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Mars Science Laboratory DrillThis drill (see Figure 1) is the primary sample acquisition element of the Mars Science Laboratory (MSL) that collects powdered samples from various types of rock (from clays to massive basalts) at depths up to 50 mm below the surface. A rotary-percussive sample acquisition device was developed with an emphasis on toughness and robustness to handle the harsh environment on Mars. It is the first rover-based sample acquisition device to be flight-qualified (see Figure 2). This drill features an autonomous tool change-out on a mobile robot, and novel voice-coil-based percussion. The drill comprises seven subelements. Starting at the end of the drill, there is a bit assembly that cuts the rock and collects the sample. Supporting the bit is a subassembly comprising a chuck mechanism to engage and release the new and worn bits, respectively, and a spindle mechanism to rotate the bit. Just aft of that is a percussion mechanism, which generates hammer blows to break the rock and create the dynamic environment used to flow the powdered sample. These components are mounted to a translation mechanism, which provides linear motion and senses weight-on-bit with a force sensor. There is a passive-contact sensor/stabilizer mechanism that secures the drill fs position on the rock surface, and flex harness management hardware to provide the power and signals to the translating components. The drill housing serves as the primary structure of the turret, to which the additional tools and instruments are attached. The drill bit assembly (DBA) is a passive device that is rotated and hammered in order to cut rock (i.e. science targets) and collect the cuttings (powder) in a sample chamber until ready for transfer to the CHIMRA (Collection and Handling for Interior Martian Rock Analysis). The DBA consists of a 5/8-in. (.1.6- cm) commercial hammer drill bit whose shank has been turned down and machined with deep flutes designed for aggressive cutting removal. Surrounding the shank of the bit is a thick-walled maraging steel collection tube allowing the powdered sample to be augured up the hole into the sample chamber. For robustness, the wall thickness of the DBA was maximized while still ensuring effective sample collection. There are four recesses in the bit tube that are used to retain the fresh bits in their bit box. The rotating bit is supported by a back-to-back duplex bearing pair within a housing that is connected to the outer DBA housing by two titanium diaphragms. The only bearings on the drill in the sample flow are protected by a spring-energized seal, and an integrated shield that diverts the ingested powdered sample from the moving interface. The DBA diaphragms provide radial constraint of the rotating bit and form the sample chambers. Between the diaphragms there is a sample exit tube from which the sample is transferred to the CHIMRA. To ensure that the entire collected sample is retained, no matter the orientation of the drill with respect to gravity during sampling, the pass-through from the forward to the aft chamber resides opposite to the exit tube.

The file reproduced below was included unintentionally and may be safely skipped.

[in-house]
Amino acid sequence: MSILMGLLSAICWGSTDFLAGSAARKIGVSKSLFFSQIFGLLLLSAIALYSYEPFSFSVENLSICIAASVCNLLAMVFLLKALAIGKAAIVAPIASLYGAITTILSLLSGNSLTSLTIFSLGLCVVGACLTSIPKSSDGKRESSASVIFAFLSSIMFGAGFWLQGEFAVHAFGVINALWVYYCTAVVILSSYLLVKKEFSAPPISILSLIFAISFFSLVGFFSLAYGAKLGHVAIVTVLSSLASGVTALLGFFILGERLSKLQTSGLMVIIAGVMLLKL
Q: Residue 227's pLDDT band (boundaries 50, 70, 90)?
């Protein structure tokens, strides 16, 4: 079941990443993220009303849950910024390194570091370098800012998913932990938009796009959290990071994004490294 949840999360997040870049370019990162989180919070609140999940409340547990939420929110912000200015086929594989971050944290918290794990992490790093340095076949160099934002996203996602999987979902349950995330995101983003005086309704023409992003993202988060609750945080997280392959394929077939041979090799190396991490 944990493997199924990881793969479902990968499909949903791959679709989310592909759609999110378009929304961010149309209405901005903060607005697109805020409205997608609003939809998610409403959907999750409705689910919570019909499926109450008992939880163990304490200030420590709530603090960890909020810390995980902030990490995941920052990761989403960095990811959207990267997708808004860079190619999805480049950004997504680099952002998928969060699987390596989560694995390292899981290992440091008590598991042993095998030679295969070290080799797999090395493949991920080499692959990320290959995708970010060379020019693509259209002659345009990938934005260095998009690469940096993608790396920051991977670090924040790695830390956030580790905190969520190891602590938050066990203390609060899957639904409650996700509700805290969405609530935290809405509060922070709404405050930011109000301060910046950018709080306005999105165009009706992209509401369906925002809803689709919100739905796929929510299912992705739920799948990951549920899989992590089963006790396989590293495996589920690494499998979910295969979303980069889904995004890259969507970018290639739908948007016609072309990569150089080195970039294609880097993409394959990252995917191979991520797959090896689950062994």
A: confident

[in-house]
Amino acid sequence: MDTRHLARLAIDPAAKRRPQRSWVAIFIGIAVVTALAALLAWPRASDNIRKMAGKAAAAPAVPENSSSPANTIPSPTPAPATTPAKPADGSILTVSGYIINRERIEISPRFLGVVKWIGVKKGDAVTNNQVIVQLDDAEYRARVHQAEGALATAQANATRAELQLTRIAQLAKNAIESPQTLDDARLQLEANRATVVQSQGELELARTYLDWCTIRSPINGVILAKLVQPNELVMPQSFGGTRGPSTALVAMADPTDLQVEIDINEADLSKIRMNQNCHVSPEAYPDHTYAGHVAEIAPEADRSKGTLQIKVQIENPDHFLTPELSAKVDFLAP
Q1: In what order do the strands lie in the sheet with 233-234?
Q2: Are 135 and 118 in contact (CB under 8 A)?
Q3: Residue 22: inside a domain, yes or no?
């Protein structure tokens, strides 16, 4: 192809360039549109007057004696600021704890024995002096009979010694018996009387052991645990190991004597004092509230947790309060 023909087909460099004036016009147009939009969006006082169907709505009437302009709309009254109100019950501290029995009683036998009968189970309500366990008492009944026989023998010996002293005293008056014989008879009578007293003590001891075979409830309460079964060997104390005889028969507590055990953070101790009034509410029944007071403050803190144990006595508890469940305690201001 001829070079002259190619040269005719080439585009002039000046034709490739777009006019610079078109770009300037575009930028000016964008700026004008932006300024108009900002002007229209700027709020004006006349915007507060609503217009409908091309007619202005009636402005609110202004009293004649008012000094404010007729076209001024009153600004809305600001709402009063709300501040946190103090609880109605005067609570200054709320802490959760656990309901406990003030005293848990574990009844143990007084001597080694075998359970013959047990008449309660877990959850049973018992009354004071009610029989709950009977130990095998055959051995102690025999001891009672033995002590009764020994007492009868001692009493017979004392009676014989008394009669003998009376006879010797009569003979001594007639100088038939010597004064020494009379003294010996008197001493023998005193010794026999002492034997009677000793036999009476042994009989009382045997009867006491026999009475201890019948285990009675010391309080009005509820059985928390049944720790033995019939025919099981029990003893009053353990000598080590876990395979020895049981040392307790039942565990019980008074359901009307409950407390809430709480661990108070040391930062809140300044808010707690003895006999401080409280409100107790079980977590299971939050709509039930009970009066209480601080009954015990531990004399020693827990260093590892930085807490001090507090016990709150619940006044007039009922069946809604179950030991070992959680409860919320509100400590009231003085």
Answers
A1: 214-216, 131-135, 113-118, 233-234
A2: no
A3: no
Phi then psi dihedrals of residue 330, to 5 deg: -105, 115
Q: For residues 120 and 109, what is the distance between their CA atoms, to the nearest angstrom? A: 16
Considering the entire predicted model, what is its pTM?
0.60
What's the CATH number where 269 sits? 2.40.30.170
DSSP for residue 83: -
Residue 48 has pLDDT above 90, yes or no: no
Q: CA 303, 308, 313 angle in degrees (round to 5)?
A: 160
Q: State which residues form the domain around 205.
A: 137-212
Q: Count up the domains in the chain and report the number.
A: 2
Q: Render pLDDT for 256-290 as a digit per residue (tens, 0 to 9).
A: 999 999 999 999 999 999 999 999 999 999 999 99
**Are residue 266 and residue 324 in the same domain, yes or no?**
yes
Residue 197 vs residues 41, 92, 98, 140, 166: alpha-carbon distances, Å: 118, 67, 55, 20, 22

Document ID
Acquisition Source
Jet Propulsion Laboratory
Document Type
Other - NASA Tech Brief
Okon, Avi B.
(California Inst. of Tech. Pasadena, CA, United States)
Brown, Kyle M.
(California Inst. of Tech. Pasadena, CA, United States)
McGrath, Paul L.
(California Inst. of Tech. Pasadena, CA, United States)
Klein, Kerry J.
(California Inst. of Tech. Pasadena, CA, United States)
Cady, Ian W.
(California Inst. of Tech. Pasadena, CA, United States)
Lin, Justin Y.
(California Inst. of Tech. Pasadena, CA, United States)
Ramirez, Frank E.
(California Inst. of Tech. Pasadena, CA, United States)
Haberland, Matt
(Massachusetts Inst. of Tech. Cambridge, MA, United States)
Date Acquired
August 26, 2013
Publication Date
August 1, 2012
Publication Information
Publication: NASA Tech Briefs, August 2012
Subject Category
Man/System Technology And Life Support
Report/Patent Number
Distribution Limits
Public Use Permitted.
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